Berlin Senate imposes education cuts and encourages the contamination of the city schools

Having already drastically slashed financing for the capital’s schools and left pupils completely exposed to the coronavirus, the Berlin Senate, a coalition of the Social Democratic Party, the Left Party and the Greens, is now planning further cuts in the education sector. The latest austerity measures reveal the contempt on the part of the “red-red-green” Senate for the fate of children and young people.

Vitally needed school expansion and renovation measures already planned for implementation by 2026 are to be postponed by up to five years in order to achieve the savings target set by the Senate. In effect, this means further cuts that will worsen the already catastrophic conditions in Berlin’s schools.

Over this period some districts will have to accept cuts of several hundred million euros. This means that not only will urgently needed additional school places not be available, but the failure to renovate dilapidated buildings will result in the loss of existing places. Many children are already unable to attend their local primary schools due to building deficiencies and lack of renovation. Long distances to school, overcrowded classrooms, alternative lessons in small consultation rooms or fabricated containers are a sad fact of life for more and more pupils and teachers.

Children returning to school in Germany in 2020 (AP/Michael Sohn) [AP Photo/Michael Sohn]

During the last election campaign, the SPD, the Greens and the Left Party declared that the education system in the city was a priority concern and would be expanded. In the COVID-19 crisis, the various parties justified the return to face-to-face teaching by expressing their concern for pupils’ education, stating that children and young people lacked opportunities for proper education at home. The Senate’s current policy makes clear that these promises were brazen lies.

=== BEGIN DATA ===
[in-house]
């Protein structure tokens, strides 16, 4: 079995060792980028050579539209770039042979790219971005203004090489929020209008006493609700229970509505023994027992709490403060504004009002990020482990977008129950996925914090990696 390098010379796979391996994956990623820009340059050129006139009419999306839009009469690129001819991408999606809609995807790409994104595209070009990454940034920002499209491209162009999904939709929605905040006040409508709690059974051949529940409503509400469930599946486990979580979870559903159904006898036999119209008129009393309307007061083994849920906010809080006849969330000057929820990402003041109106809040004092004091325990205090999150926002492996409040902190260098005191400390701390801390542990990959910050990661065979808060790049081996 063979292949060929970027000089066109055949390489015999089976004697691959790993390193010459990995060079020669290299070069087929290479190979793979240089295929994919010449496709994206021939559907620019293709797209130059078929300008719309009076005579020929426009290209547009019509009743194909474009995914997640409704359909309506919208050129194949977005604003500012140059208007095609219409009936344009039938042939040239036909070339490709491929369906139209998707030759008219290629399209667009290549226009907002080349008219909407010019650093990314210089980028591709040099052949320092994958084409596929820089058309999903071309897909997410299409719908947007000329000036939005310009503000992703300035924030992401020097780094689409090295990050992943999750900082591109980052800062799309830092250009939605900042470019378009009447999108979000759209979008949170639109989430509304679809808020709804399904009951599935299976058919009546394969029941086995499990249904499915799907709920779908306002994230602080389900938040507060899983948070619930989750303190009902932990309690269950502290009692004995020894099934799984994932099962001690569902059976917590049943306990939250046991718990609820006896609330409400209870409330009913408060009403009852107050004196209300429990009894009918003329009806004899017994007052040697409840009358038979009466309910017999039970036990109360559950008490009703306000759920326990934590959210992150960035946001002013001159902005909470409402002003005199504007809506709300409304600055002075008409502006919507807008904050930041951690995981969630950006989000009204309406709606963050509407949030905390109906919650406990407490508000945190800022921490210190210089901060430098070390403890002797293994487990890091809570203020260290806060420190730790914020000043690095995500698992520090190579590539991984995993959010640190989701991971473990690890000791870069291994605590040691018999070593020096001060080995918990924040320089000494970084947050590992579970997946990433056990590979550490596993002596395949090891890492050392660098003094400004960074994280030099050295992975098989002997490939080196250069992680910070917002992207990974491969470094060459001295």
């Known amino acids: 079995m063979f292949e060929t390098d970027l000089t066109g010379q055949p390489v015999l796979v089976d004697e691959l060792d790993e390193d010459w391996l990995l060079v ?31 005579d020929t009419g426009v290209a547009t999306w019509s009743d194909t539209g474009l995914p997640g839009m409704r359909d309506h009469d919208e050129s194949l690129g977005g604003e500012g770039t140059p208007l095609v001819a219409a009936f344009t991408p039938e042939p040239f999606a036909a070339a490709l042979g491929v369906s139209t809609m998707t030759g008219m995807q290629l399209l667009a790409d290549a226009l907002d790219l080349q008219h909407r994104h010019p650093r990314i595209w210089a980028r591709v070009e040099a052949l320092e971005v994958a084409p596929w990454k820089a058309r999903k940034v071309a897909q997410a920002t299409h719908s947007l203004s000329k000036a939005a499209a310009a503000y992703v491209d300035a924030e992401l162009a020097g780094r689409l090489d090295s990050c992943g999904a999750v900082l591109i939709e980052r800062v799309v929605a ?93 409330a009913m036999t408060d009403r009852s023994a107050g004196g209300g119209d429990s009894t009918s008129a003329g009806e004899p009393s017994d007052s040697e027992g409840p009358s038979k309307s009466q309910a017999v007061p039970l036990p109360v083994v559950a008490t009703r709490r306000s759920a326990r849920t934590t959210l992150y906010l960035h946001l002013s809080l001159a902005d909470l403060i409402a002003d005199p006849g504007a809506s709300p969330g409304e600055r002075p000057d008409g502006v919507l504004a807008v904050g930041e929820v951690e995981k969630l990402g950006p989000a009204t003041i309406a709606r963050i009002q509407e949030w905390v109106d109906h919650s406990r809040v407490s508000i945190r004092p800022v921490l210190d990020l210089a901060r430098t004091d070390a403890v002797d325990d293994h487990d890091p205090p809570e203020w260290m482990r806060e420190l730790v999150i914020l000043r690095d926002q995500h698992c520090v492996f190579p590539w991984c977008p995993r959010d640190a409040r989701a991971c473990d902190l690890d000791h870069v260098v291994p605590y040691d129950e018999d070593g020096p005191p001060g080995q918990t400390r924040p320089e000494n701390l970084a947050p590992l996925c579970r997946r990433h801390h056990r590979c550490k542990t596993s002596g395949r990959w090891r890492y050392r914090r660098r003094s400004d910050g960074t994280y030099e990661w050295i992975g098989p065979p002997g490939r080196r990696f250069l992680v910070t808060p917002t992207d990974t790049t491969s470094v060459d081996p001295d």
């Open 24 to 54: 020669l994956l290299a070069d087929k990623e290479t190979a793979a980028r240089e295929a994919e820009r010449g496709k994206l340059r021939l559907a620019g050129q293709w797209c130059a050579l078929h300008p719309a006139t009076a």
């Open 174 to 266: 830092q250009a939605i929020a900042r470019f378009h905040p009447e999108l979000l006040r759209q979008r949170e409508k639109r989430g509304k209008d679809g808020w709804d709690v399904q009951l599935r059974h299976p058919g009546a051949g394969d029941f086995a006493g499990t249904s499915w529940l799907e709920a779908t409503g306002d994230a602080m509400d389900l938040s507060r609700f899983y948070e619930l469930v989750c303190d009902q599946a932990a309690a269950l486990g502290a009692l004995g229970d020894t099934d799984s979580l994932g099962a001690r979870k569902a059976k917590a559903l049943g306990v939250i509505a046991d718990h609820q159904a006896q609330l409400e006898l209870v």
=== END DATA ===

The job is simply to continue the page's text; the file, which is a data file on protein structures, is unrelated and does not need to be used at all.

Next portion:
In March, the Berlin Senate passed its budget for 2022 and 2023 and agreed on massive cuts. It reduced the two-year budget from more than 78.3 billion euros to 76.6 billion (38.7 this year and 37.9 billion next year). The focus of the savings was, among other things, on the education system.

Initially, the annual disposition fund for individual schools was to be cut to 3,000 euros. Due to massive protests by school headmasters and parents’ associations, the Senate had to withdraw its plan.

Now, however, cuts amounting to around one billion euros will be enforced within five years. These cuts result from the commitment agreed by the Berlin Senate to interdepartmental “lump-sum reduced expenditure of more than four billion euros,” according to the finance department headed by Senator Daniel Wesener (Greens). When the budget was passed, Wesener had already announced that “it was not possible to include war in the budget,” intimating that funds for the proxy war against Russia could entail further cuts in the city’s education, health and social services.

The city’s schools are already in a deplorable state. Last Thursday, less than two days before the start of the new school year, it was announced that the Anna Lindh Primary School (one of Berlin’s largest primary schools with 700 pupils) would remain closed due to mould infestation that had already appeared in 2017. All of the school’s pupils and 100 members of staff have been forced to move to an office building more than three kilometres away.

In the densely populated districts of Berlin-Lichtenberg, Reinickendorf, Marzahn-Hellersdorf and Berlin-Mitte there are no more free school places. In the borough of Pankow, pupils were accommodated only by “moving closer together” (Education Councillor Dominique Krössin, Left Party). In Berlin-Mitte and Marzahn-Hellersdorf, pupils have had to move into containers. According to the district councillor, Torsten Kühne (CDU), there is a shortage of places totalling 15 primary school classes, i.e., equivalent to four entire primary schools. There is also a shortage of places at secondary schools, which is why pupils are distributed to other districts.

In the district of Friedrichshain-Kreuzberg there is a shortage of 1,000 primary school places. Here the problem will become even more acute, according to district councillor Andy Hehmke (SPD), because the partial closure of three schools is imminent. In addition, not a single new school place is planned for the 7th to 10th grades in the next few years. Berlin’s grammar schools also have no more leeway. In many schools, pupils from refugee families in initial “welcome classes” have had to move out of their previous premises.